It is easy to feel on the edge of an abyss when a claim form listing your company as a 'defendant' arrives on your doorstep or if you believe an existing dispute has to go through the courts in order to reach a conclusion.
Happily there are alternatives to achieve resolution rather than engaging in a lengthy court process. Settling a matter should always be at the forefront of any discussion, regardless of whether proceedings have been issued.
Although resolving a dispute without the aid of the court is not always appropriate, it often is the cleanest, simplest and, most importantly, cheapest way out. There are two key escape routes to settle cases, each with their own important distinctive features namely Part 36 offers and 'Calderbank' offers.
What does this mean?
A Calderbank offer is written 'without prejudice save as to costs'. Its effect is that the court is unable to refer to the offer except when dealing with the question of costs at the end of the proceedings. The court has complete discretion to decide what weight should be given to the offer when considering costs.
A Calderbank offer provides greater flexibility than a Part 36 offer because it is not governed by strict court rules. This is a great advantage because it allows the party making the offer (the 'offeror') to be creative when making their offer, especially when putting forward terms about the length of time the offer remains open for acceptance, costs and payment issues e.g. pay within 14 days. The price for flexibility is that Calderbank offers, if accepted, create a binding contract between the parties.
A Calderbank offer can be a useful tool to settle disputes where Part 36 does not apply, for example in cases allocated to the small claims track and arbitration proceedings.
Part 36 offers
A Part 36 offer can be made at any stage in a dispute up to the beginning of trial, including when proceedings have yet to be issued.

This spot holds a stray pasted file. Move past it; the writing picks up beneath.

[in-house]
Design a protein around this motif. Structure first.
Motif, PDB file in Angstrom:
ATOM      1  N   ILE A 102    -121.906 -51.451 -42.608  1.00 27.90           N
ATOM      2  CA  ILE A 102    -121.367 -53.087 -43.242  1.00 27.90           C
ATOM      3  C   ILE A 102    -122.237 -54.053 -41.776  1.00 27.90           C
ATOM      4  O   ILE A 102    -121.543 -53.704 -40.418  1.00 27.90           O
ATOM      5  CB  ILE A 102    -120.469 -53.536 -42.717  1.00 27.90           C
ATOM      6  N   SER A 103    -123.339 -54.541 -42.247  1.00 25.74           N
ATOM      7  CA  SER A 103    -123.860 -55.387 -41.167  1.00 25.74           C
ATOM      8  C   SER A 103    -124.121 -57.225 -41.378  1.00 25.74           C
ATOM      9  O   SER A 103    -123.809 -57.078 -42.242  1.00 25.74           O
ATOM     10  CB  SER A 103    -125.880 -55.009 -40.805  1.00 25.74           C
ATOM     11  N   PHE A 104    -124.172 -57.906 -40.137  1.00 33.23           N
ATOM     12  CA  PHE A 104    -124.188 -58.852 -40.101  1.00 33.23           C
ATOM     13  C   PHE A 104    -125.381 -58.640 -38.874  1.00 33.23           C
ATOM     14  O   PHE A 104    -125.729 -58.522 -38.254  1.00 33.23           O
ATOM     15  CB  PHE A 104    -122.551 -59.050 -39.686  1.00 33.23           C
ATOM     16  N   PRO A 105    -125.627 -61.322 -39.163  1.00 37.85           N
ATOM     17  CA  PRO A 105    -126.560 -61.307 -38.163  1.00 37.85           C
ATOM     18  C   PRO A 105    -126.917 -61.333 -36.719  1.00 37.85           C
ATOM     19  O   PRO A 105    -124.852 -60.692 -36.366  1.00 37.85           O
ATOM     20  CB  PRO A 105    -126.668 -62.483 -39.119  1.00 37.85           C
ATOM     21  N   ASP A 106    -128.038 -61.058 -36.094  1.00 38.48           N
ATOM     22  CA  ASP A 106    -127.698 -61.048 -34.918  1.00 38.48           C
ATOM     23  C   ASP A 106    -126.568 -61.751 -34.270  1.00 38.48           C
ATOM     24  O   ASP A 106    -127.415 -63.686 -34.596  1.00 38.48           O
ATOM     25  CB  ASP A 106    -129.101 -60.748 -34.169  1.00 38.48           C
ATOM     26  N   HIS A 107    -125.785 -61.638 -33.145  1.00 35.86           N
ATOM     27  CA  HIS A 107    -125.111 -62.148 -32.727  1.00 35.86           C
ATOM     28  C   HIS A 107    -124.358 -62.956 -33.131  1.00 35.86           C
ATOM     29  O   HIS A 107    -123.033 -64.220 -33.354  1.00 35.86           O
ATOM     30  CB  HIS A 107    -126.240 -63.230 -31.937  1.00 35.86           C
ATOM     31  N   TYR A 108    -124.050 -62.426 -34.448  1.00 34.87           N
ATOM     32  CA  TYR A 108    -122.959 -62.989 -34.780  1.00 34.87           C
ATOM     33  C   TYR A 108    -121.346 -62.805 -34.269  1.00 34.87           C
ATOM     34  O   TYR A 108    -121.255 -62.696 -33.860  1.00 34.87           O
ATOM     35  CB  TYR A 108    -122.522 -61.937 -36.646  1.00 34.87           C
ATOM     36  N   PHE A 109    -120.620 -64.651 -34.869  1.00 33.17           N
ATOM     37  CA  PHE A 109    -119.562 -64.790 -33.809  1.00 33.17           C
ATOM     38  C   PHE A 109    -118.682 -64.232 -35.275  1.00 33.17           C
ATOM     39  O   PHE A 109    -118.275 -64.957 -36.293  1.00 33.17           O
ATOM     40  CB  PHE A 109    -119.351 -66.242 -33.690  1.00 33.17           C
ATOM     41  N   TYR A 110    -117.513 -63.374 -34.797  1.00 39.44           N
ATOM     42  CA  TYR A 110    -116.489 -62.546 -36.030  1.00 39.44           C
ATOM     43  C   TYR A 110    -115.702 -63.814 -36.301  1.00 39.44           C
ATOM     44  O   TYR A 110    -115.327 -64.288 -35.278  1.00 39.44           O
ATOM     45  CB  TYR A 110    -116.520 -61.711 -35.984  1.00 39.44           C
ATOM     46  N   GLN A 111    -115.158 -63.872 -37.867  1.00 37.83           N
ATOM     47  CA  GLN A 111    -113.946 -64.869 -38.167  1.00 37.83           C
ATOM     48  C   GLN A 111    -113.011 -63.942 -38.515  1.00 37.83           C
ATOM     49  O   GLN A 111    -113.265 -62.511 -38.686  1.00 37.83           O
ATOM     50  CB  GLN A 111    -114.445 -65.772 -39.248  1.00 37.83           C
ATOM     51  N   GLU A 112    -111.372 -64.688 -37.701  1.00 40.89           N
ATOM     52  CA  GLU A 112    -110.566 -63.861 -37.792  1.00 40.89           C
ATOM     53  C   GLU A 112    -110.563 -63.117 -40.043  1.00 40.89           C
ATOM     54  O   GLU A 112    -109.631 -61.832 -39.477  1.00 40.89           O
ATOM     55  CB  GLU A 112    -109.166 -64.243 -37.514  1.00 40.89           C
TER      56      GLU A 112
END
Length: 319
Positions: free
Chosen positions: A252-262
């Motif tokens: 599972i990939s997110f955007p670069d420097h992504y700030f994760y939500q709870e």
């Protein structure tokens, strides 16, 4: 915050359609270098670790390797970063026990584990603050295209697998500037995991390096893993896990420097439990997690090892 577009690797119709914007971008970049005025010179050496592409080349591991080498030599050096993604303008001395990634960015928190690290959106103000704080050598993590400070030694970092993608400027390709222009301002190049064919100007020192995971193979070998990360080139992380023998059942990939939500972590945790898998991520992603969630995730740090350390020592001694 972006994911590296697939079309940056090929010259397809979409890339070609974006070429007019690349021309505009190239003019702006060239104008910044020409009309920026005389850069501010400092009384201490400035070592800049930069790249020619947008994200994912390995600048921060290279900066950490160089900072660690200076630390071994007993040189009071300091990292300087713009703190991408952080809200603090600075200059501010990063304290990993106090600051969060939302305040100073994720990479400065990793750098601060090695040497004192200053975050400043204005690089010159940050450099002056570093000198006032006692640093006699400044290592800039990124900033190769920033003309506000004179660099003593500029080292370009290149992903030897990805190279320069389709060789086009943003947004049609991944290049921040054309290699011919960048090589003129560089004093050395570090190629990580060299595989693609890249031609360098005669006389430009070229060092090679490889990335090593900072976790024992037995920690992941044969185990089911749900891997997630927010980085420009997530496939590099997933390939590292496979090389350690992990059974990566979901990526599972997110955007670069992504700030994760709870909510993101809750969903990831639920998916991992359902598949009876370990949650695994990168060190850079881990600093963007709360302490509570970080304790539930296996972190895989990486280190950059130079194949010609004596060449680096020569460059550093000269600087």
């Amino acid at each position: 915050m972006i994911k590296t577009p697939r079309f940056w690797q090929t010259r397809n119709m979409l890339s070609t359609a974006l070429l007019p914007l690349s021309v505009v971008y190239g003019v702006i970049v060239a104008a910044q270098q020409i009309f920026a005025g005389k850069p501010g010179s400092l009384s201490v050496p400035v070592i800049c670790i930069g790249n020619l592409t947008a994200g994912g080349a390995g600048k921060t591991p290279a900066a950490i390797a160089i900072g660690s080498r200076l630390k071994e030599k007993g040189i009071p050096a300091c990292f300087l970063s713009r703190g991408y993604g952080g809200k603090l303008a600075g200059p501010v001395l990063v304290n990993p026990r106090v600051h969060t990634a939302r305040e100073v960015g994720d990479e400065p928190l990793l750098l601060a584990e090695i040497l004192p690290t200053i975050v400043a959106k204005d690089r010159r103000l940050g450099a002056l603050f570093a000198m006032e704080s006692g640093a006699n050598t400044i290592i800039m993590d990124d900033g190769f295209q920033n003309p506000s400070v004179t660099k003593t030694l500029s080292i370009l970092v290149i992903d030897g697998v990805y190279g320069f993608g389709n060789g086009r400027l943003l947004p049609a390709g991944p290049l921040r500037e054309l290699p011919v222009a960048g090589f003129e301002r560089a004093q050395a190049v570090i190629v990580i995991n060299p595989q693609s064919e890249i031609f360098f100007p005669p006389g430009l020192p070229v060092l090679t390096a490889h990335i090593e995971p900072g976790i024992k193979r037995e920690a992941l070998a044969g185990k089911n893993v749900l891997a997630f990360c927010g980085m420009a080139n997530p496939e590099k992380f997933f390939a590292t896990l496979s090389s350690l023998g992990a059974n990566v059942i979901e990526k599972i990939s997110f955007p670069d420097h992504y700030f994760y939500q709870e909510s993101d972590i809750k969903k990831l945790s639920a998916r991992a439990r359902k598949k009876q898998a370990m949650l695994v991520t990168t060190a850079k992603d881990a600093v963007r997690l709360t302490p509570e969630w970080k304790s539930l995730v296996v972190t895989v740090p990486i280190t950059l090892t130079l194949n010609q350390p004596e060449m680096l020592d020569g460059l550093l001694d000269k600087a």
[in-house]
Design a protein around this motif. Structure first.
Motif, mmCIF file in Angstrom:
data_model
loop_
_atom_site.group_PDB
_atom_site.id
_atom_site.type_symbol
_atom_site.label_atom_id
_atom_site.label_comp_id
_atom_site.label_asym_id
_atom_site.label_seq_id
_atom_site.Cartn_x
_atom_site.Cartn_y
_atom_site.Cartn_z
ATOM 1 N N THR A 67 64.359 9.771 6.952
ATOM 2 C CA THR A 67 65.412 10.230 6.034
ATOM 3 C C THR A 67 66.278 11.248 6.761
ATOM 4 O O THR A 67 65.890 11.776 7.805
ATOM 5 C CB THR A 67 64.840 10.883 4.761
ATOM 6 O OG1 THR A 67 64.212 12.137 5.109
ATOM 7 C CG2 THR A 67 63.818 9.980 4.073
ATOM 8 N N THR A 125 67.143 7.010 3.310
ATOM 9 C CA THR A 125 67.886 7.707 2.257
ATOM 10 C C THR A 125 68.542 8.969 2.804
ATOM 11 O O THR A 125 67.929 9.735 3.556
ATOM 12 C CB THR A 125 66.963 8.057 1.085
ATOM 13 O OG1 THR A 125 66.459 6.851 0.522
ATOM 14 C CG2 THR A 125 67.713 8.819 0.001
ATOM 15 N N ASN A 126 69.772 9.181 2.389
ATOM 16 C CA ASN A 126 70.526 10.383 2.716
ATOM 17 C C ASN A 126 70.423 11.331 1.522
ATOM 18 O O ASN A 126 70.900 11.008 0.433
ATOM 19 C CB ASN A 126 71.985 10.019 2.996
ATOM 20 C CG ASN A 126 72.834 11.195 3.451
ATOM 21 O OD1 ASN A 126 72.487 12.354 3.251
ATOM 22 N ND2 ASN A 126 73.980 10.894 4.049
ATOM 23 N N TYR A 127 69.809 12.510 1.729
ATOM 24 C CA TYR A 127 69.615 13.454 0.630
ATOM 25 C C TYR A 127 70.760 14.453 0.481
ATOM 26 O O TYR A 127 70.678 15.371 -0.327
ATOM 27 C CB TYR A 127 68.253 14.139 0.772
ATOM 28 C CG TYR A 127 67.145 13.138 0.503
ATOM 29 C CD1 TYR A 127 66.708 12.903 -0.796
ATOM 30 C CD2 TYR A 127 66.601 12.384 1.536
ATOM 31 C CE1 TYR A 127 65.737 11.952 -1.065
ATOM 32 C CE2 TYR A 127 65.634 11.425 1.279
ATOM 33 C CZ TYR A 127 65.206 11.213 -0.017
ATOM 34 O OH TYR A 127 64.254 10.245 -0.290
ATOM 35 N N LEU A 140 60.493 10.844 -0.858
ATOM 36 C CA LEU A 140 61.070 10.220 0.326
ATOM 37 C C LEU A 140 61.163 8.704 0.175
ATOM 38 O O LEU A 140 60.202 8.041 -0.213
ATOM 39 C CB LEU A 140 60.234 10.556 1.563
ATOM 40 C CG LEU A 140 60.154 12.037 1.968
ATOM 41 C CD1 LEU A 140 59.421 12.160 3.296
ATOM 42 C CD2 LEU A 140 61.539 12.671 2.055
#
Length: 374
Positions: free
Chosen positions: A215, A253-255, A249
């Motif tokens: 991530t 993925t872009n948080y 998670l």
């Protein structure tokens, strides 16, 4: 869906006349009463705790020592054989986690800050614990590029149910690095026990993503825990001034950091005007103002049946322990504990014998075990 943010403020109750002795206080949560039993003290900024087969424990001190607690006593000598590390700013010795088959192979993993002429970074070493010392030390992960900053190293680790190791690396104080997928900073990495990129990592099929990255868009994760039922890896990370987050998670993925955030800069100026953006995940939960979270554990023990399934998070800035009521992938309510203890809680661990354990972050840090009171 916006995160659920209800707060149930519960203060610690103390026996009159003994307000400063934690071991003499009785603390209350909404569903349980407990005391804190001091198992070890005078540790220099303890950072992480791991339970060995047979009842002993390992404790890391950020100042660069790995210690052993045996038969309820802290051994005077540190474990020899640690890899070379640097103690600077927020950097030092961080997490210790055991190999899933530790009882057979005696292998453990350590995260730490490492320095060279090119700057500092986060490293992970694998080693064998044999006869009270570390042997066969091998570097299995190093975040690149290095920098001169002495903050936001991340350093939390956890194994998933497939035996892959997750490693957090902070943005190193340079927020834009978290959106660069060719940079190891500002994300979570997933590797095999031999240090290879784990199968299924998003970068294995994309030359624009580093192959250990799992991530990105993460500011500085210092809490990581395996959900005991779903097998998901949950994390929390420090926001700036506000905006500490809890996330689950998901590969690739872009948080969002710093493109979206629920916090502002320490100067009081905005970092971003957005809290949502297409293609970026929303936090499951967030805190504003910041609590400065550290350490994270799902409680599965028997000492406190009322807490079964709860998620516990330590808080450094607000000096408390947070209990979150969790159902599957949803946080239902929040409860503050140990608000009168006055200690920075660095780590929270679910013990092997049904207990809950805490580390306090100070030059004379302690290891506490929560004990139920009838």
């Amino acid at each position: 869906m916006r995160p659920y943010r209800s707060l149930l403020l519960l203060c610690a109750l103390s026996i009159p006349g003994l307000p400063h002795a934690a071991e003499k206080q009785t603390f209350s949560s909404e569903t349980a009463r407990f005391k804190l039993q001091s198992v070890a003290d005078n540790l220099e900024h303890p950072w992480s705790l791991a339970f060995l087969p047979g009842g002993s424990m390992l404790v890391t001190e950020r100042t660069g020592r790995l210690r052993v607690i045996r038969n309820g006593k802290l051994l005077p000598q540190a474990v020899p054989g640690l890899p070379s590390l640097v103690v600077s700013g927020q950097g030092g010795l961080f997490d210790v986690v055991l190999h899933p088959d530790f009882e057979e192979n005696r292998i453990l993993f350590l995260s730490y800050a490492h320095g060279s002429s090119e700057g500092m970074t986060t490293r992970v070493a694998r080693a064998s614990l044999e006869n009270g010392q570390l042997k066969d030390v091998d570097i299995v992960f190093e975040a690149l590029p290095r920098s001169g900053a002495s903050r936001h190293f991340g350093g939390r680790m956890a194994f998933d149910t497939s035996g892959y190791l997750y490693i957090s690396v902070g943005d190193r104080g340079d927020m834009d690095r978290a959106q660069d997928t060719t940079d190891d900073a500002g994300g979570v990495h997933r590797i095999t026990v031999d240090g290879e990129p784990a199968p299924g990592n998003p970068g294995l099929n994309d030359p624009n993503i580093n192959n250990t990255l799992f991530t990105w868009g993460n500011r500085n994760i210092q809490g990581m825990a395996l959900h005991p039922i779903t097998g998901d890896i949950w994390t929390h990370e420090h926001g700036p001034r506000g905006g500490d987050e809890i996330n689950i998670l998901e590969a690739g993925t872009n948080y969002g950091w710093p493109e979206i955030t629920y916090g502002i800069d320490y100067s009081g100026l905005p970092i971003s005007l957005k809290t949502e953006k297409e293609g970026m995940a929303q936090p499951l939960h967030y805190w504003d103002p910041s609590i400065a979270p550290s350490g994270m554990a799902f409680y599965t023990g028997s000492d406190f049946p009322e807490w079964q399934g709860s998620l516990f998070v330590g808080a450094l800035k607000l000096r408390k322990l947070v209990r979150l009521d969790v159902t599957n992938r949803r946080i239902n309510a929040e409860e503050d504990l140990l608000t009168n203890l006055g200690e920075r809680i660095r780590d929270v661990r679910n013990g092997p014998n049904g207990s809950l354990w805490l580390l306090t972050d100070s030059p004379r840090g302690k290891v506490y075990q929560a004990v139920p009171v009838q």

A Part 36 offer must:
- be in writing;
- state on its face that it is intended to have the consequences of Section I of Part 36;
- specify a period of not less than 21 days within which the defendant will be liable for the claimant's costs in accordance with rule 36.10 if the offer is accepted;
- state whether it relates to the whole of the claim or to part of it or to an issue that arises in it and if so to which part or issue; and
- state whether it takes into account any counterclaim.
Part 36 offers are always open for acceptance by the opposing party up to the start of the trial unless they are actively and expressly withdrawn in writing. This means that, even if an offer was previously rejected, it can still be accepted months later. It is important to keep a watching brief on all Part 36 offers that may have been put forward but not withdrawn. There may be a multitude of historic offers that have been forgotten about, especially in lengthy, complex disputes. The facts of a case may change making a forgotten offer commercially irresistible. Unless that offer has been expressly withdrawn, it can be snapped up! If you intend to withdraw multiple offers, it is advisable to write to your opponent itemising each offer and specify that each offer is withdrawn.
Despite the rigidity of the rules, the main attraction of Part 36 offers is that the set regime in Part 36 provides far more certainty as to how litigation costs will be treated. A court does not have the same degree of discretion about the weight they attach to the offer in determining the appropriate award of costs.
Finally, recent decisions have clarified what amounts to an offer under Part 36. Case law has shown that a time limited offer is not a valid Part 36 offer.
To fall within the regime, not only must the exact sum be made clear to the opposition, but also what you are offering or are prepared to accept. More importantly, in terms of liability, the offeror must be making some kind of concession in the offer.
Be warned, an offer to accept the full amount of a claim cannot be a Part 36 offer.
What should you do?
Although Part 36 offers appear to be a more attractive route, there are still vital considerations to make in terms of the content and implications of the offer. Calderbank offers still have their place in certain circumstances because of the level of manoeuvrability not found in the Part 36 regime.
Tactically, a claimant who receives a Calderbank offer from a defendant could make a Part 36 offer for the same amount. The advantage to a claimant is that if their Part 36 offer was then accepted, they could be far more certain of receiving costs on the standard basis instead of relying upon the court's discretion.
The type of offer made, if any, will depend on the circumstances of the dispute, however, it is reassuring to know that there are different options to enable that much desired 'happily ever after'.
If you are unsure about any aspect of Part 36 or Calderbank offers, you should seek specialist legal advice.